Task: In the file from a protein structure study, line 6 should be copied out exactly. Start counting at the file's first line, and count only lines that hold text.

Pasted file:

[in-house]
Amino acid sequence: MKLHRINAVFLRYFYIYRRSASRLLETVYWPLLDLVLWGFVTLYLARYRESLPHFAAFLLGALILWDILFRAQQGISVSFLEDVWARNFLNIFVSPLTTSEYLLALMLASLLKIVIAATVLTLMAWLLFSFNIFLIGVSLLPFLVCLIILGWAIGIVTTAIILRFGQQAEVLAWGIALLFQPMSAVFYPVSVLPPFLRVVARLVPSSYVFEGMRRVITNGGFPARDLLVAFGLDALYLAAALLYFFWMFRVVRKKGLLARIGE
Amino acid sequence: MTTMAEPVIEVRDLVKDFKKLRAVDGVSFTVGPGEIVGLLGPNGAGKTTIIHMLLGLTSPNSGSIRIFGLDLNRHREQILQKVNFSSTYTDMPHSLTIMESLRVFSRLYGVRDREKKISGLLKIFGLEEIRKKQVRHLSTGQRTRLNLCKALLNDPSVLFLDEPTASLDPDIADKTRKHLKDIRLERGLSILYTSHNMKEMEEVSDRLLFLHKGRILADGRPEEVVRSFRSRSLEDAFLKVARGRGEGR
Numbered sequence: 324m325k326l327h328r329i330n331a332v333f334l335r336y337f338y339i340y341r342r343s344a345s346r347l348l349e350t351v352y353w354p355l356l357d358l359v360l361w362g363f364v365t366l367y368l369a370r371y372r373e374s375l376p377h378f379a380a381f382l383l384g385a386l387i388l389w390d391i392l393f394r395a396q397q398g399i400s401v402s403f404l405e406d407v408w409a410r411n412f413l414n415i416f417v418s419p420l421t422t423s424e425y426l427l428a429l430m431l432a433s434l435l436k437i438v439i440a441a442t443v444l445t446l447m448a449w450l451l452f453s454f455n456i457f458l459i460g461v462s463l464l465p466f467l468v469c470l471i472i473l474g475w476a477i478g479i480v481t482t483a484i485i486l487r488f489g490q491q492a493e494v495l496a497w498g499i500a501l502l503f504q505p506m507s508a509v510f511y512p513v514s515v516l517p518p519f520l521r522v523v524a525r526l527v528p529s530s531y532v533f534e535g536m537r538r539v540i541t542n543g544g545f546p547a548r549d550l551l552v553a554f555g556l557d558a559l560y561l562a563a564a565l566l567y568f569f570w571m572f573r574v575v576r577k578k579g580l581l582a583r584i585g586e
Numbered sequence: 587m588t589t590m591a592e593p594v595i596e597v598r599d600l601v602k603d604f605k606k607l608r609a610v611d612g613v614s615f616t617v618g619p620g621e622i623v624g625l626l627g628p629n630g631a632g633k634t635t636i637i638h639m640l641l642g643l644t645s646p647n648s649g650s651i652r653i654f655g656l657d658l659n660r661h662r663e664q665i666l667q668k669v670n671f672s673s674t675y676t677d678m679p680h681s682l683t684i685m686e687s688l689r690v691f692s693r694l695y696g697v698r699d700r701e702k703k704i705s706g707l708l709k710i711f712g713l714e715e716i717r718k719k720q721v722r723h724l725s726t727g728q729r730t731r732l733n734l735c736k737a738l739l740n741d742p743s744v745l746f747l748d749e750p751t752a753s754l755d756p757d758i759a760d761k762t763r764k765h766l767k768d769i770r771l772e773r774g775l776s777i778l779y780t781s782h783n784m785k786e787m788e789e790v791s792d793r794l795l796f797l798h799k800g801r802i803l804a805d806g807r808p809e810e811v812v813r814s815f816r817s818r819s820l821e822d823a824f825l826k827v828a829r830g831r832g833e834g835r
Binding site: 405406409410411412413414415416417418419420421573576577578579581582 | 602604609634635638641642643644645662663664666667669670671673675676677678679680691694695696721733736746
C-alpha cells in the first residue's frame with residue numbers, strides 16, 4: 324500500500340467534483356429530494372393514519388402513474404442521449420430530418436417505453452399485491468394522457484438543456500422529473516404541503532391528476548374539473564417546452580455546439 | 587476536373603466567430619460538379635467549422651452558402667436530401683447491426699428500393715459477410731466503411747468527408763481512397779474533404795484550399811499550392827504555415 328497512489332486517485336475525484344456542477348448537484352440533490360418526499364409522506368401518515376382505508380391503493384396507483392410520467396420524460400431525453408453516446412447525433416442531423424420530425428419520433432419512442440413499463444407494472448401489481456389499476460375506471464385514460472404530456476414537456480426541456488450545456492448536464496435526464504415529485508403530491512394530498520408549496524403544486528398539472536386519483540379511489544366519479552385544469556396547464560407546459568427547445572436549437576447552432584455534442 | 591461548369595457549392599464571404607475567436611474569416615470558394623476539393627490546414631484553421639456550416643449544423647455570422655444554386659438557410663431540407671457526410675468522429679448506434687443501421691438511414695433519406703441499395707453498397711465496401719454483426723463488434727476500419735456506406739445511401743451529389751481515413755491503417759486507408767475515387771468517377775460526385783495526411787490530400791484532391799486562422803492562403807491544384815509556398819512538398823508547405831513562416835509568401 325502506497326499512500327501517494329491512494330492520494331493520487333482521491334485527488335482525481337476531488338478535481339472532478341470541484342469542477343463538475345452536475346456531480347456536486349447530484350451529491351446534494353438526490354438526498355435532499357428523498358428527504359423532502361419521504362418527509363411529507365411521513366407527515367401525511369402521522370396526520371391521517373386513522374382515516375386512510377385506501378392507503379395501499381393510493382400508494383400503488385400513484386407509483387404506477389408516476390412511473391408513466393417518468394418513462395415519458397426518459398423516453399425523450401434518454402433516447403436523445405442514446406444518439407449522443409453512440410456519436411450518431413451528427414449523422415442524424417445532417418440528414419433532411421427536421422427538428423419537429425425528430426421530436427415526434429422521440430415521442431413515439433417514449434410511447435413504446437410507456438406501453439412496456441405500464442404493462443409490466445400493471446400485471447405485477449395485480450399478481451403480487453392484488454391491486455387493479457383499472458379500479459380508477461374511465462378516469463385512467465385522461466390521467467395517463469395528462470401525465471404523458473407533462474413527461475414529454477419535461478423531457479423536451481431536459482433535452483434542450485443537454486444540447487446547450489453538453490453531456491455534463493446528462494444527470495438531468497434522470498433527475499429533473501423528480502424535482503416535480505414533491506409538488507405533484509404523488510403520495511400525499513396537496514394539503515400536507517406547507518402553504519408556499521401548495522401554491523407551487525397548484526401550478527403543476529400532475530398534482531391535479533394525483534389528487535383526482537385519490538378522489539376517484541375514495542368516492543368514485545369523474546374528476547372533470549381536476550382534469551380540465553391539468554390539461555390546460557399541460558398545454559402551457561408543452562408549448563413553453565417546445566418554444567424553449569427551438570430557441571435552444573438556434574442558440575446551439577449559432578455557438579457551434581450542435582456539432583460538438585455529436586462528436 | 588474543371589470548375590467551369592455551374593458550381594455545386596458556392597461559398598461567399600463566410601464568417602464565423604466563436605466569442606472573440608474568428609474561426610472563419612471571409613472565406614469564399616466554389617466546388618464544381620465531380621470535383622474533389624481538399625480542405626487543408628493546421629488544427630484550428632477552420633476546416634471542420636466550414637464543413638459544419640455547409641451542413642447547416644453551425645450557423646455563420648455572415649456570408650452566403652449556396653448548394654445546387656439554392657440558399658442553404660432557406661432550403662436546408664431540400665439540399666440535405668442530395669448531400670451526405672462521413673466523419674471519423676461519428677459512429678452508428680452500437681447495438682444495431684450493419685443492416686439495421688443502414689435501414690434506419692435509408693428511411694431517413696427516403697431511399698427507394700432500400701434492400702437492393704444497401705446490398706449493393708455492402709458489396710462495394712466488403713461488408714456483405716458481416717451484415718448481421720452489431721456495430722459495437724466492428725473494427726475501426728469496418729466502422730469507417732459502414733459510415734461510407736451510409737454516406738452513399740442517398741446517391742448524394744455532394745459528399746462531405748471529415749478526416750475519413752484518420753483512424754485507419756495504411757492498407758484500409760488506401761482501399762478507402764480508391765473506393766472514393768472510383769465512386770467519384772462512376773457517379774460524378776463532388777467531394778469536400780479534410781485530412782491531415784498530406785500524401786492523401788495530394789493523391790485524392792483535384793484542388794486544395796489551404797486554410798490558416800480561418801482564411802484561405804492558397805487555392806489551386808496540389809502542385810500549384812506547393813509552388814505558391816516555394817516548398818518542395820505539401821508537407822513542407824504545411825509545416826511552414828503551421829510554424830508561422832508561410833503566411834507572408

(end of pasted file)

Binding site: 405406409410411412413414415416417418419420421573576577578579581582 | 602604609634635638641642643644645662663664666667669670671673675676677678679680691694695696721733736746